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Ciclon Semiconductor acquired by TI

I've been traveling this week, so this post is coming one day late.  Yesterday, Ciclon Semiconductor was acquired by TI.  Ciclon manufactures MOSFETs, components used to build power supplies.  Ciclon's technology allows power supplies to be made more efficient (less energy loss, and therefore less heat given off) and in a much smaller size with fewer components (cheaper, more reliable).  The purchase price of Ciclon wasn't announced, but suffice it to say that it was a very nice multiple on the total amount of capital invested in the company.  TI is serious about selling these products as a full information page was prepared before the announcement.  I invested in Ciclon while I was at Venrock.

The Ciclon story is very instructive for today's entrepreneurs.  The CEO, Mark Granahan, identified Ciclon's core technology and orchestrated a spin-out from Agere where it was initially developed.  Mark was very scrappy and negotiated a very attractive deal with Agere.  This technology and equipment gave Ciclon a head-start on product development and allowed a Series A financing to happen in a market segment that is generally viewed as being low-margin and commoditized.

However, despite having two successful financings, Mark kept the company with a very frugal spending plan.  They leased space from Ben Franklin Technology Partners at Lehigh.  This gave them affordable office space and access to additional resources.  As they developed products and captured initial design wins, Mark built a very strong management team without over spending.  Although their customers are not yet announced, I can tell you that they have design wins in very visible products from some of the leading consumer electronics and computer vendors.  The company was able to get to revenue very quickly, including leveraging some legacy products from the Agere spin-out to lower their cash burn.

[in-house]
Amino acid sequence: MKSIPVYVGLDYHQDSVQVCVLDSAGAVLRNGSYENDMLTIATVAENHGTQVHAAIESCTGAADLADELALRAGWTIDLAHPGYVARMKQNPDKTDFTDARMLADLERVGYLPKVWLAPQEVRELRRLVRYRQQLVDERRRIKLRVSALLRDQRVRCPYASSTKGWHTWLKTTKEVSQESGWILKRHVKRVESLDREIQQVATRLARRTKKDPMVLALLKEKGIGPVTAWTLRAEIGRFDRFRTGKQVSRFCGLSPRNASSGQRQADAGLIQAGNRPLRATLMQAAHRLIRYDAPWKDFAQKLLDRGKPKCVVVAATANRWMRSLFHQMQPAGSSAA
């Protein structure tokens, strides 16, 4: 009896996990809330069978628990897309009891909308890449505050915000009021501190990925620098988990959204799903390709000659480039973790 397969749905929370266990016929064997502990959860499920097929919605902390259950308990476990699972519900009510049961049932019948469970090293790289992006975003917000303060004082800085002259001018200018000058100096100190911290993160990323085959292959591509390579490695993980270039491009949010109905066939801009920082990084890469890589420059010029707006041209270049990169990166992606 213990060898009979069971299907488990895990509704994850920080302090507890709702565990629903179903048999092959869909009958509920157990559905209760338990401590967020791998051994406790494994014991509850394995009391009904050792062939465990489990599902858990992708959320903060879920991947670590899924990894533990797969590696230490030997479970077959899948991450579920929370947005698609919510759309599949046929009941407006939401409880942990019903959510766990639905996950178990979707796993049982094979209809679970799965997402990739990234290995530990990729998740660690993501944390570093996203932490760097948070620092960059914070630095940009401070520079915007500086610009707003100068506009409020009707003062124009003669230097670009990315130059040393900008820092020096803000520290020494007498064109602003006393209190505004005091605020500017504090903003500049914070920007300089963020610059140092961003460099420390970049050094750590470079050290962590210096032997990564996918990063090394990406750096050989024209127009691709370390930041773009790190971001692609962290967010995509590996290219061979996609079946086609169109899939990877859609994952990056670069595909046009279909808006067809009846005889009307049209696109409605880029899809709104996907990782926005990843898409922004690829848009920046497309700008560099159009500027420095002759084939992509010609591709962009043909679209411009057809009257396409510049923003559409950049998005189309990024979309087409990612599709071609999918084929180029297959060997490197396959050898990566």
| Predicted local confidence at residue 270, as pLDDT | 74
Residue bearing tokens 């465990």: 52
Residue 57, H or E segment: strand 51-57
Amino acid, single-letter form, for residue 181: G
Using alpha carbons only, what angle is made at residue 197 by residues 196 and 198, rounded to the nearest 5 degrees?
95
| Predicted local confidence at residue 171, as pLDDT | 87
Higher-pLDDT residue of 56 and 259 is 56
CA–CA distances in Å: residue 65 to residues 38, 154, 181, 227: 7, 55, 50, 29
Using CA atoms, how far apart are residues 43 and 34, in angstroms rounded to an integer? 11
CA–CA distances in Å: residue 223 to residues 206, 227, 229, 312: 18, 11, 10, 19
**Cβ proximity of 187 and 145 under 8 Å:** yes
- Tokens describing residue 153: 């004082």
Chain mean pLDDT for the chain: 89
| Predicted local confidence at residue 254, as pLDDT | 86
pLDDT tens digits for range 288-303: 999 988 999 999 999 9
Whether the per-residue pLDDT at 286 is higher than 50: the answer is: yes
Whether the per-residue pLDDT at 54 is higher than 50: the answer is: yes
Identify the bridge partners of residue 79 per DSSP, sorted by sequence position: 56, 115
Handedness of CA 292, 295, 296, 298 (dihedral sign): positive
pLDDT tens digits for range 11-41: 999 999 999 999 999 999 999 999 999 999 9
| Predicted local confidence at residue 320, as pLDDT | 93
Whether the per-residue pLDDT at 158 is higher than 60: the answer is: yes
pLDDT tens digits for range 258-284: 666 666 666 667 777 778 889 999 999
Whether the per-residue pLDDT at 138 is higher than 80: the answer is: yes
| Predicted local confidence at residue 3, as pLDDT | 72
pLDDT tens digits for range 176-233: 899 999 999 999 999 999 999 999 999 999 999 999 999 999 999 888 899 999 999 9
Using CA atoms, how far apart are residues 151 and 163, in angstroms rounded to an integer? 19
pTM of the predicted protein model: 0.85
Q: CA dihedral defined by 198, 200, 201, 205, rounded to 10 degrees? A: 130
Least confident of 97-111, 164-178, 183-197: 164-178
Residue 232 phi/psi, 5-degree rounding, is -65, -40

Some key takeaways from the Ciclon success story:

  • A very clear definition of the market opportunity, validated by customers at the start of the project.  It helped that they were targeting a commodity market with a disruptive technology
  • Defensible technology, with a roadmap to extend it.
  • 'Unfair advantage' derived from Agere spin-out.  Every start-up needs some key advantage in order to counteract the fact that they are a new company with relatively little money
  • Maintained frugal mindset despite initial funds raised and commercial adoption
  • Hire a world-class team.  Even a company like Ciclon faced many challenges along the way.  Their team was strong enough to overcome technical and manufacturing challenges that might have derailed weaker companies.
  • Get to revenue quickly, even if it is with an interim product.  This helped offset some of the cash burn, which benefits both the investors and the entrepreneur.

Congratulations to Mark and the team at Ciclon.  I am sure that they'll be very successful getting these products further into the market while at TI.


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